With Christmas only a few days away and the darkness of the shortest day of the year surrounding us, I thought I would give you all something different from the usual blog post.
Hopefully you are an experienced crocheter, or maybe not, you just enjoy the pretty lights, especially during the holidays. Be as it may, this crochet pattern for a mason jar fairy light luminary is for you.
I wish you all great holidays and a great 2015!
Update, December 31st, 2014.
I hope you are having fun with this crochet pattern and I like to think that you are very close to having a new fairy lights lantern for your home!
To spread the fun, after appearing here this pattern has also been posted in Diana Moore's blog, Simple Crochet and Crafts. As you'll realize as soon as you follow the link, this is a wonderful blog with some great patterns and great ideas for a number of different crafts including patterns for robots, baby accessories, hats, and much more. I especially recommend you to take a look at Diana's blog if by any chance you are more at ease with a pattern than with a diagram since a pattern is now available on Diana's blog.
Could this be the most fun of your New Year resolutions? It would be a very easy one to keep!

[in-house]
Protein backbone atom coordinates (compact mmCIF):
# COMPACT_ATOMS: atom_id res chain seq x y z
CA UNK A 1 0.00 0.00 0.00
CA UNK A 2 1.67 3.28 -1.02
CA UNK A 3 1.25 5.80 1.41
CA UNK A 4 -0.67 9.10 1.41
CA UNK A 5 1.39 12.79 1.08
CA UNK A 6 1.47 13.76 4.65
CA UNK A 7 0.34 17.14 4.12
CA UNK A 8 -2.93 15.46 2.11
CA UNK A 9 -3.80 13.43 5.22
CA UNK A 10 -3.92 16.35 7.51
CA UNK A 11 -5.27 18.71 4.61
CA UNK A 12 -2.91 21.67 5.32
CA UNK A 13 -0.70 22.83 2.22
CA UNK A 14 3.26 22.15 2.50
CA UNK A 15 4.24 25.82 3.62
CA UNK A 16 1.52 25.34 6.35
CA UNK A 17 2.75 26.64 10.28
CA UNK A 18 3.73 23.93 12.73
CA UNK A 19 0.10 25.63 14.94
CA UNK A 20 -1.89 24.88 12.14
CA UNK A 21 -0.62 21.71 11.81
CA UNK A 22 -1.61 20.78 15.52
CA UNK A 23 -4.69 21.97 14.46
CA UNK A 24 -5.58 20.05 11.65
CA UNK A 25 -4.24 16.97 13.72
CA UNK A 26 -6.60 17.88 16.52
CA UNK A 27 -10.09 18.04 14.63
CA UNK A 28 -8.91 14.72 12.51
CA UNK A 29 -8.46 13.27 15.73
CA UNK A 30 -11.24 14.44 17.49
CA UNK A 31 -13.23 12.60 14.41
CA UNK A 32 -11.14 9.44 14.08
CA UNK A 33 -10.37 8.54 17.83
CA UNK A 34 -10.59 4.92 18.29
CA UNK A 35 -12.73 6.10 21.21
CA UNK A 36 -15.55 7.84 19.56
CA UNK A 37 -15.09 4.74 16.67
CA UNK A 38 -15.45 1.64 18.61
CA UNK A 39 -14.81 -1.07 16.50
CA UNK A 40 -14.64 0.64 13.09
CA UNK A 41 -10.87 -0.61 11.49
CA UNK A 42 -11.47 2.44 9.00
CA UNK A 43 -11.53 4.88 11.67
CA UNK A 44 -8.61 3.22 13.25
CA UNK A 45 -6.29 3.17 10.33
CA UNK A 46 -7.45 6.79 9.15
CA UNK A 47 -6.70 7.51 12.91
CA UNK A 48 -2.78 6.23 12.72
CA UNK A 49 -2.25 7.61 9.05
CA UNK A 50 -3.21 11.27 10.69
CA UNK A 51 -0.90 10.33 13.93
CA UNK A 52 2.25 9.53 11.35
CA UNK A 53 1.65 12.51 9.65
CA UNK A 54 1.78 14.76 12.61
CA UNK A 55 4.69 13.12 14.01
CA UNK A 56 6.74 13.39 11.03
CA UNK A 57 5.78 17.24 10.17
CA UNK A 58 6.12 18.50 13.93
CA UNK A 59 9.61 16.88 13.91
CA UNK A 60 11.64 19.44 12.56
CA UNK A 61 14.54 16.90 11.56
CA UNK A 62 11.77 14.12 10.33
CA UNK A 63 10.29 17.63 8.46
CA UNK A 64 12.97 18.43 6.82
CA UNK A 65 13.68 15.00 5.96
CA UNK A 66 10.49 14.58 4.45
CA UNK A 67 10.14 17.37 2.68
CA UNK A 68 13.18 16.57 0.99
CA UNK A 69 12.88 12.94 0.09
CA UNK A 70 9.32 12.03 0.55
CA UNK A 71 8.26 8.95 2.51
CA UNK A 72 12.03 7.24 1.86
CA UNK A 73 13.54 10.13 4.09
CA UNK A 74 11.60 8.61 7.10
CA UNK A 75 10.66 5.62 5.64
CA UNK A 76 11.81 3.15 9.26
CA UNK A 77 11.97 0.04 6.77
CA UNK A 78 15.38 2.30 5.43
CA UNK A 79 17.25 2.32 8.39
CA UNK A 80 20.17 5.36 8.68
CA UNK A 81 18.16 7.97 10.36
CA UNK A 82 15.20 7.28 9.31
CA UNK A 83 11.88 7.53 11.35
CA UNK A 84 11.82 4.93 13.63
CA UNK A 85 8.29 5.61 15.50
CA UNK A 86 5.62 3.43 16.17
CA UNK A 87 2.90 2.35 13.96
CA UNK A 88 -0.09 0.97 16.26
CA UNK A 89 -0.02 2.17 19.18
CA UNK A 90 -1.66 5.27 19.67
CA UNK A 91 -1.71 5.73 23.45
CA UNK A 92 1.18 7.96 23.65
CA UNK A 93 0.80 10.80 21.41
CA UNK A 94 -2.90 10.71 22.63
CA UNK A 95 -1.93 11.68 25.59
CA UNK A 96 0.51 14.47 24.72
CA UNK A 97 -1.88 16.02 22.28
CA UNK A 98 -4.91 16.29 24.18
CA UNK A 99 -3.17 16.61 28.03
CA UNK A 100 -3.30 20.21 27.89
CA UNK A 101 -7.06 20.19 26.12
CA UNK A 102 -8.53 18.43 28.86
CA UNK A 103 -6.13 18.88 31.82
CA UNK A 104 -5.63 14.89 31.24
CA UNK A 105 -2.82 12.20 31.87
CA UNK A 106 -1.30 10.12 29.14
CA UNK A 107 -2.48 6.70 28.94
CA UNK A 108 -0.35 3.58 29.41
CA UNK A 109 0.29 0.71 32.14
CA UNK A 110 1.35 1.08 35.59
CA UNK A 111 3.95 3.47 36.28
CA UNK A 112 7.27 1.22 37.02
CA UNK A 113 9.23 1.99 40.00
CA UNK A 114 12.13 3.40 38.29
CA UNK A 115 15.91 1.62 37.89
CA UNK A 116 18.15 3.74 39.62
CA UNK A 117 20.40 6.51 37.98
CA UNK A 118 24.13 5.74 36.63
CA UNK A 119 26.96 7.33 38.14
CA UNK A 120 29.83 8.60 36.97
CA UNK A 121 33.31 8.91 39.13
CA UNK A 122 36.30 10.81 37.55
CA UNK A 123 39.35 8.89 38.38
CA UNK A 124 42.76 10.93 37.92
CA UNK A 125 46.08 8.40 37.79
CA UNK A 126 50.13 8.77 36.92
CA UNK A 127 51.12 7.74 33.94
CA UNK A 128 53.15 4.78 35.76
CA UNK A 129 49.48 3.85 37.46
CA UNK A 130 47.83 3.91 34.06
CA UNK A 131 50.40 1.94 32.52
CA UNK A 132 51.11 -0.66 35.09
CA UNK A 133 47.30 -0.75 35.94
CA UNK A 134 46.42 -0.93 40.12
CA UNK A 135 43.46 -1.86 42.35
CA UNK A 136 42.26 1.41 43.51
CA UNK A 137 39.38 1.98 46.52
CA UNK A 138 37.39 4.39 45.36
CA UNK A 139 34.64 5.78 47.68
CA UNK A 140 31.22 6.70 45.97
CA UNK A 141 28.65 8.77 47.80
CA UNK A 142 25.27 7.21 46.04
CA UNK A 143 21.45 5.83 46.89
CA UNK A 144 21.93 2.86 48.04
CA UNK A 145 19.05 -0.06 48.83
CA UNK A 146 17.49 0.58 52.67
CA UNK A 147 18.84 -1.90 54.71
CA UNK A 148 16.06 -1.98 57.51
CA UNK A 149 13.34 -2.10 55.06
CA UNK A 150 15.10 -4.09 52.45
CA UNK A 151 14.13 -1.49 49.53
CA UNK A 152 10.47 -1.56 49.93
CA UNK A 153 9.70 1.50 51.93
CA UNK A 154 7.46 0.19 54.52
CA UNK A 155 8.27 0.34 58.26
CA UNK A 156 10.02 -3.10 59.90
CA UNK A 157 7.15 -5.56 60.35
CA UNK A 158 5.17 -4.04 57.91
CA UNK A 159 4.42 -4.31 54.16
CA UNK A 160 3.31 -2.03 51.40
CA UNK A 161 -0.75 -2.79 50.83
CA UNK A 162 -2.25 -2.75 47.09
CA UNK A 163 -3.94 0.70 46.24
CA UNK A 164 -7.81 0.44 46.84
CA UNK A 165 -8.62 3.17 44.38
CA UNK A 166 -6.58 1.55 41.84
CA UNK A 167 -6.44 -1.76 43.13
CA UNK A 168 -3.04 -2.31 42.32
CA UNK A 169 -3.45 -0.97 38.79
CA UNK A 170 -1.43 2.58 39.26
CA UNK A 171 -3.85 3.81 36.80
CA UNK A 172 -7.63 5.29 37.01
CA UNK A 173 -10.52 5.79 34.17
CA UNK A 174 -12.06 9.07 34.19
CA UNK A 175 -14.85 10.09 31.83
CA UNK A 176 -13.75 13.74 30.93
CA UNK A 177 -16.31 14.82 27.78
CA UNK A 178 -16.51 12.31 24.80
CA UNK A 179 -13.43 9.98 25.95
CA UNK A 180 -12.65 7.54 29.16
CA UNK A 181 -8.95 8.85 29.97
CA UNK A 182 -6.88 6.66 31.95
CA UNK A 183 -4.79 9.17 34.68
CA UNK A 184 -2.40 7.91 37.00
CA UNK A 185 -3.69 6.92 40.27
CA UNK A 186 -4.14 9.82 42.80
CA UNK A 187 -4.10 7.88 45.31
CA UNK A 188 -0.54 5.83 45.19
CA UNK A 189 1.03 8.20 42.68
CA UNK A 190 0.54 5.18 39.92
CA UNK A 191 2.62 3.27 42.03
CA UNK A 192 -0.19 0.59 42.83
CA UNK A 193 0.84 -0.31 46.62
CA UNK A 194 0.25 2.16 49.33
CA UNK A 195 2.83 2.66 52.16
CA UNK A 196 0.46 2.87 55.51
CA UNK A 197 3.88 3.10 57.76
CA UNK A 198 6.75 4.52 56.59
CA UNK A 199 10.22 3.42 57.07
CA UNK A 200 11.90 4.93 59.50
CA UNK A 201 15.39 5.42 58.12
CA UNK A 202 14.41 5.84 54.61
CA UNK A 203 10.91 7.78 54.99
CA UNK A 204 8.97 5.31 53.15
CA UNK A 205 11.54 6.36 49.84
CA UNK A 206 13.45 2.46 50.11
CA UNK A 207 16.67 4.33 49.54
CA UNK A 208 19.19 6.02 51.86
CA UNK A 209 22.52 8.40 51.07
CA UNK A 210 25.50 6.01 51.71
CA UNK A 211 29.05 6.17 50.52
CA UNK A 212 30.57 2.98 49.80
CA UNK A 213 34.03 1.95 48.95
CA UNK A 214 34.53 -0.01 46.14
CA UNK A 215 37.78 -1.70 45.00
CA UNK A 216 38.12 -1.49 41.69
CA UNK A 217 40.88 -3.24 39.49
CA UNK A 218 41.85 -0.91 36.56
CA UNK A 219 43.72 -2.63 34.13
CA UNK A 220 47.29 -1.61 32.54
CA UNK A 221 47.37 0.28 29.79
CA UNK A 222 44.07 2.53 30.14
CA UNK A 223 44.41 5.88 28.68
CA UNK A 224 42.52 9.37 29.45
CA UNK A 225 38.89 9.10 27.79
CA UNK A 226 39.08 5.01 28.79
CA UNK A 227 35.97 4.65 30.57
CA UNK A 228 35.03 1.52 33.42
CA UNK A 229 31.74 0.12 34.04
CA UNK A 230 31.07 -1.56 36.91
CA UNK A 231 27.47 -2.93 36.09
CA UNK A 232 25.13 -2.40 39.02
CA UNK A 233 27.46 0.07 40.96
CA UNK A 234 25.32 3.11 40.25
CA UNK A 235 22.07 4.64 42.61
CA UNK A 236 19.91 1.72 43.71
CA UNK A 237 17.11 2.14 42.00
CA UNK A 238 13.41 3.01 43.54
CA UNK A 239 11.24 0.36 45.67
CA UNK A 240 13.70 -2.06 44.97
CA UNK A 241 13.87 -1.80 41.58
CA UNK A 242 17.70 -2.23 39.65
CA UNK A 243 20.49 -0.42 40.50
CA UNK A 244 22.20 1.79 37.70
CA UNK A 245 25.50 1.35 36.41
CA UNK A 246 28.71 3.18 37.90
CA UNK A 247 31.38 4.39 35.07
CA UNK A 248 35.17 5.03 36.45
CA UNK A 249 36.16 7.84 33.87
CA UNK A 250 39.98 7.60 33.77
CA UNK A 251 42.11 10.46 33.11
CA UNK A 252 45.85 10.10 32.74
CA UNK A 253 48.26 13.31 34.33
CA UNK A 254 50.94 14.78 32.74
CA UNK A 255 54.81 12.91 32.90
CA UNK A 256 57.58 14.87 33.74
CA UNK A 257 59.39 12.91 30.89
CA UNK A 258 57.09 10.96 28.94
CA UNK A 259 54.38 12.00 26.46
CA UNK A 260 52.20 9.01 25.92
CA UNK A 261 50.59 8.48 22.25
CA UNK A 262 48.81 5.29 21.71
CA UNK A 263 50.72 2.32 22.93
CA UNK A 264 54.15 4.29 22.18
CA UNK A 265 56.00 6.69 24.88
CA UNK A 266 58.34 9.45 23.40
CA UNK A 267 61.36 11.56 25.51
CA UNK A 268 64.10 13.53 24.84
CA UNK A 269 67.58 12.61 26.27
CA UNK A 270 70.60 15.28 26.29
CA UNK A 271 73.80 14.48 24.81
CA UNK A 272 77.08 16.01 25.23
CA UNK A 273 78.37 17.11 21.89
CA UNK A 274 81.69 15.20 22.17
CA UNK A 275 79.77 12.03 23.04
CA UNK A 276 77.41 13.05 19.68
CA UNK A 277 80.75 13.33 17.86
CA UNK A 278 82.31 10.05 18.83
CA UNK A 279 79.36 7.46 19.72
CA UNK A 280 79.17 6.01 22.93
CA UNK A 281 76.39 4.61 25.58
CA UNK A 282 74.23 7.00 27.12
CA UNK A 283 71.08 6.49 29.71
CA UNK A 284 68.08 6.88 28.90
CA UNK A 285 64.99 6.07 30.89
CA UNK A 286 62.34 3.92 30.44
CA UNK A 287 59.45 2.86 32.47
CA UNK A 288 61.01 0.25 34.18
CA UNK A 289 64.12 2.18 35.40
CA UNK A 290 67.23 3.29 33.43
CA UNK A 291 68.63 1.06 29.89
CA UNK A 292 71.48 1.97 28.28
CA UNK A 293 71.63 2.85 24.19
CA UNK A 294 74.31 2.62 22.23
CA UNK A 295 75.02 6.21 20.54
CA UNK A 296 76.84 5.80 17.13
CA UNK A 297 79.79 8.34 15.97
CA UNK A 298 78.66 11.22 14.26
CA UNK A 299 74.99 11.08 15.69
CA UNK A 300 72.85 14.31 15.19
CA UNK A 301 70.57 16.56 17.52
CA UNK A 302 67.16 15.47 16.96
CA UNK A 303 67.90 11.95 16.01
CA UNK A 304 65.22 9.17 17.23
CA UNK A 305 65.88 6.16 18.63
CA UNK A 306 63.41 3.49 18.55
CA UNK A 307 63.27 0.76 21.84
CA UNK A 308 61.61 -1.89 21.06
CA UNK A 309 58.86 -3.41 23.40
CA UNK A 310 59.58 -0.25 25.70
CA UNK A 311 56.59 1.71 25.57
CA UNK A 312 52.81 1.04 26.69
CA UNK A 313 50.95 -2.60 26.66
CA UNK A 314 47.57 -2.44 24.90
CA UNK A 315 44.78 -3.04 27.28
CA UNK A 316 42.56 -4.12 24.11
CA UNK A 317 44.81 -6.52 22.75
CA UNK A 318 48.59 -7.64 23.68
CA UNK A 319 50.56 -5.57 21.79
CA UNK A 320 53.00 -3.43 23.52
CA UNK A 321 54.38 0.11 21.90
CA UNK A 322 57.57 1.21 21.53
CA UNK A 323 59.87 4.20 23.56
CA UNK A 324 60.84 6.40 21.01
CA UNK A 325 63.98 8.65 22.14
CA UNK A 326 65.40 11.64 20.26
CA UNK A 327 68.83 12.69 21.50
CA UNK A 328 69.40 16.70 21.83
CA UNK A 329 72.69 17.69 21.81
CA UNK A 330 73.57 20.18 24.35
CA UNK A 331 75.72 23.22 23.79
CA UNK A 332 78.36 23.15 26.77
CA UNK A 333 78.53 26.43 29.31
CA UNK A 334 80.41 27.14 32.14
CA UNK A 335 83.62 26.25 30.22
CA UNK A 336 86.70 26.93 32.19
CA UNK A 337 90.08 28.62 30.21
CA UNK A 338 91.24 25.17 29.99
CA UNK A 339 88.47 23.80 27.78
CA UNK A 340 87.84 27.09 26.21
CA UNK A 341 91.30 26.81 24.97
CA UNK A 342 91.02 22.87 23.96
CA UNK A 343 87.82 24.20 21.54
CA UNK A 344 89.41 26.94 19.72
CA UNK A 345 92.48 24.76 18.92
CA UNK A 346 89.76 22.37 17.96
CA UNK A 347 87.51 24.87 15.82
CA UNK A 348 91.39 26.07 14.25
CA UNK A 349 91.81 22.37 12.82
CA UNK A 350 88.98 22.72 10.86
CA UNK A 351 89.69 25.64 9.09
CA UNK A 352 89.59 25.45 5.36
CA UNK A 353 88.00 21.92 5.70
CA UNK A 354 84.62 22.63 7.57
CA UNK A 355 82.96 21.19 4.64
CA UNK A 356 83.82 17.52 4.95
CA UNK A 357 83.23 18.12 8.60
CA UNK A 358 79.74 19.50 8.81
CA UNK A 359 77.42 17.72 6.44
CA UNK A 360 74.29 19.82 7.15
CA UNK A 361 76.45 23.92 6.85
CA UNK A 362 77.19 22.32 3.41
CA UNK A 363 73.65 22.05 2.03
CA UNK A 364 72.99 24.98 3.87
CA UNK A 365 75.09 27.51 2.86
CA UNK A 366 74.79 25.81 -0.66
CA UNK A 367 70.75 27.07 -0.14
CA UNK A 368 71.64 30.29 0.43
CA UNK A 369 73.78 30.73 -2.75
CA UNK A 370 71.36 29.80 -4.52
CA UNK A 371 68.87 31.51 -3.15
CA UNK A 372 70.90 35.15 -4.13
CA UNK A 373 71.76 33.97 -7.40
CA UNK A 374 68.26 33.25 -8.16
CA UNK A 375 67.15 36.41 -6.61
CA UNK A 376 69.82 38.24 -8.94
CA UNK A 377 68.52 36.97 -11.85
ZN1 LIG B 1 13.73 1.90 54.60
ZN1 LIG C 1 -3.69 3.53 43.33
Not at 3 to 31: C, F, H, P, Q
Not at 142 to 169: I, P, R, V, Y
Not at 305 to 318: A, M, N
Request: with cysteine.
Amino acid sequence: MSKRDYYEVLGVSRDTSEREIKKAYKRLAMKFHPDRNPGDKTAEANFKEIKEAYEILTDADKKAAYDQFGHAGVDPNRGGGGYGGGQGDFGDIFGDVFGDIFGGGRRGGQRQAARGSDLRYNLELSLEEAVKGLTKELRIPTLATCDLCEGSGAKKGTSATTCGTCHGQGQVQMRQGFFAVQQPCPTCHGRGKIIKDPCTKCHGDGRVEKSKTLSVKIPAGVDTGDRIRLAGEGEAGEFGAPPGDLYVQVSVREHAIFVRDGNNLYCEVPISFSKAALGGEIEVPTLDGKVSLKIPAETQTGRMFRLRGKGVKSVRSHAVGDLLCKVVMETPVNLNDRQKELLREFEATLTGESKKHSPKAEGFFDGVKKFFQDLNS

Have fun with it and get in touch if you need help!
It is very unfortunate, but making jewelry can require several extremely polluting substances. Some of them are so toxic that you are not supposed to use them unless your workspace is well aerated, as the fumes can make you sick and even cause lung damage. But even an adequate workspace will not protect you from burns, in the event that these chemicals come in contact with your skin or your eyes. Protective gear is required, and paying attention is essential.
However, some of the processes used in jewelry making leave behind unseemly residues that simply must be cleaned up. The dark heatscale that coats any silver that has been melted with a torch is a case in point. Not only will it leave a dark mark on anything it touches, but it just doesn't look good.
The opposite process, oxidation, also comes with its own challenges. While adding a very nice dark coloring to silver, oxidation is often obtained with liver of sulphur, a highly toxic substance.
The problem then becomes how to accomplish everything that these strong chemicals can do without actually using any of them, and how to protect both the person making jewelry and the environment, which can be negatively impacted by these substances.
The good news is that heatscale can be removed from metal and silver can be oxidized without any strong chemicals. Of course, both procedures entail a series of chemical reactions of one kind or another, but instead of harmful acids one can use very safe substances that we all have in the house. The process will take longer, but the advantages, in terms of safety and the environment, are worth the wait.
I love hematite, onyx, and chocolate.